the Hippocratic promise to which medical doctors still
adhere to this day.
• Some professional organizations may define their ethical
approach in terms of a number of components these
include:
• Honesty
• Integrity
• Transparency
• Accountability
• Confidentiality
• Objectivity
• Respectfulness
• Obedience to the law
• Loyalty
• Most professions have internally enforced codes of practice that
members of the profession must follow to prevent exploitation of
the client and to preserve the integrity of the profession.
• Code of practice: A written set of guidelines issued by
an organization to its workers and management to help
them conduct their actions in accordance with
its primary values and ethical standards.
• Bioterrorism: The use of biological agents as weapons of terror.
Anthrax bacteria are one such agent, while smallpox is
considered one of the more likely lethal viruses that could serve
as a weapon of bioterror.
• This also include:
• Tampering: to make changes or corrupt in a product using
microorganisms.
PREVENTION OF BIOTERRORISM
• The food chain is a possible target for a bio-terrorist
attack. This could be by introduction of an animal or
plant disease or by chemical, biological, physical or
radiological contamination of food or water.
• there are seven areas that relate to the individual
components of a food establishment operation that
should be reviewed and implemented by plant
management in order to prevent bioterrorism
• management of food security;
• physical security;
• employees;
• computer systems.
• raw materials.
• packaging, operations; and
• finished products.
• management of food security: This entails assigning
responsibility for security to qualified individual(s),
encouraging all staff to be alert to any signs of
tampering with product or equipment, other unusual
situations, or areas that may be weak to tampering,
and alerting identified management about any
unusual findings.
• Physical Facility security: Visitors, truck drivers and
service staff must be controlled and access to food
handling and storage areas must be restricted.
• Employees: a system for screening employees,
especially new employees, should be instituted.
Management must know who is and who should be
on premises, and where they should be located.
• Computer Systems: Restrict access to computer
process control systems and critical data systems to
those with appropriate clearance.
• Raw Materials and Packaging: The operator must
use only known, appropriately licensed or approved
sources for all ingredients, compressed gas,
packaging, and labels, and inspect all incoming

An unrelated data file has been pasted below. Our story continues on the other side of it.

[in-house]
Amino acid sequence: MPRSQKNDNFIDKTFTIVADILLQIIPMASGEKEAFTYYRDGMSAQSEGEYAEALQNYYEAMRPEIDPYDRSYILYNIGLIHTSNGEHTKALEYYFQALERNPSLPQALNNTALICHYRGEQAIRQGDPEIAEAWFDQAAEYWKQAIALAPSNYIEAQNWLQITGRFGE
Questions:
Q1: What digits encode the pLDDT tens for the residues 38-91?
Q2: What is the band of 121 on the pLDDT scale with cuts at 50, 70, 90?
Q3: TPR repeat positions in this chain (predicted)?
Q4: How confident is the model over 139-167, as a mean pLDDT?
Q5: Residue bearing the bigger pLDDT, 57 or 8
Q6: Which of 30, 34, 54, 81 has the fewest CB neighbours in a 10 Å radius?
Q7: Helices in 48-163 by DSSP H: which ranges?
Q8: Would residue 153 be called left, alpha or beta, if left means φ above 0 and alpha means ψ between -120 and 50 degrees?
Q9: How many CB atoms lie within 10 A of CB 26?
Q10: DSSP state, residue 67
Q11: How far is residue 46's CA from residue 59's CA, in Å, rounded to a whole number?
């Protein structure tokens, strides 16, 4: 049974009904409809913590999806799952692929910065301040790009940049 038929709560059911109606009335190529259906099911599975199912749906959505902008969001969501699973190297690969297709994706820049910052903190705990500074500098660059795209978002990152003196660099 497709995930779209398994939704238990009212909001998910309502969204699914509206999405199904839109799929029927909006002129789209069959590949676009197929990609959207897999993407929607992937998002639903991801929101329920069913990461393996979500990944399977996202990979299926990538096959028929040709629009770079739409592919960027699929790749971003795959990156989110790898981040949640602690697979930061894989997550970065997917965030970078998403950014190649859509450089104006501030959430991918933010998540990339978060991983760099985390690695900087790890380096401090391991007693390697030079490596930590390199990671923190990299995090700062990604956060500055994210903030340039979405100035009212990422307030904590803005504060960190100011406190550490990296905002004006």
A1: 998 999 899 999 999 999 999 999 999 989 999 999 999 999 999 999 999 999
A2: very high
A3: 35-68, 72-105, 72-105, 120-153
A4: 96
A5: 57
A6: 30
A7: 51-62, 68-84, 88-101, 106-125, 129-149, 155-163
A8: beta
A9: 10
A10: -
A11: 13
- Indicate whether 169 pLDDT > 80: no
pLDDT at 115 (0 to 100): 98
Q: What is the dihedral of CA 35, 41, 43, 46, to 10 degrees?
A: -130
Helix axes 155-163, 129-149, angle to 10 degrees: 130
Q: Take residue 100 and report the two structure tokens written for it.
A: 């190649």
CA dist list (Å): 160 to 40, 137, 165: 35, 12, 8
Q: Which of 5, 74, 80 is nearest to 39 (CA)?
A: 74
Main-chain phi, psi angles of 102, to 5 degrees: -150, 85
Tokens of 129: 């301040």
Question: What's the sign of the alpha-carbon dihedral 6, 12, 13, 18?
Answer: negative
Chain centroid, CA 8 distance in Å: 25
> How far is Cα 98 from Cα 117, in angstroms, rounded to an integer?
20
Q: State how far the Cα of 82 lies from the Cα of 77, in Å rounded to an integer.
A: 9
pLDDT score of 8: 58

materials, and must have the ability to trace back all
input materials.
• Operations: ensure the security of access to the
sources of water and air, use tamper evident
connectors and valves, and arrange periodic
inspections.
• Finished Products: Keep track of finished products
and investigate missing or extra stock or other
irregularities.
ACCEPTANCE SAMPLING
• Procedure for judging the acceptability of lots with
out doing 100% inspection.
• Accept/reject the lot based on sample results.
• Created by Dodge and Roming during world warII
• Not consistent with total quality management of zero
defect.
• Dose not estimate the quality of the lot.
OPERATING CHARACTERISTICS
CURVE
• It is a graph of % defective (p) in a lot or batch vs the
probability that the sampling plan will accept the lot.
• Shows probability of lot acceptance as a function of
lot quality level.
• Is based on the sampling plan.
• Curve indicate the discriminating power of the
sampling plan.
• Help in selecting plans that will reduce the risk
• Helps to reduce the high cost of inspection
SAMPLING RISKS
• Sampling involve risks:
• Good products may be rejected.
• Bad products may be accepted.
• Risks may be for producers: products of acceptable
quality may be rejected (alpha)
• Or may be for consumers: products of bad quality
may be accepted (beta).
TYPES OF SAMPLING PLANS
• Attribute sampling plans: are generally easier to use
than variables plans. A sample of n units is selected
randomly from a lot of N units. If there are c or fewer
defectives, accept the lot. If there are more than c
defectives, reject the lot.
• For example, suppose you have a shipment of 10,000
sacks . You will inspect 89 of them. If there are 0, 1, or 2
defective bolts, then you may accept the shipment. If
there are more than 2 defectives, then reject the entire
lot of bolts.
• Variables sampling plans
• Rectifying sampling plans
• For variables sampling plans, you can only examine
one measurement per sampling plan.
• For example, if you need to inspect for biscuit
thickness and biscuit width, you need two separate
sampling plans. Variables sampling plans assume
that the distribution of the quality characteristic is
normal. However, the main benefit from using
variables data is that a variables sampling plan
requires a much smaller sample size than an
attributes sampling plan.
• Rectifying sampling plan: is applicable if the defects
that are found can be corrected immediately.
• The steps involved in developing a sampling plan are
• :identify the parameters to be measured, the range of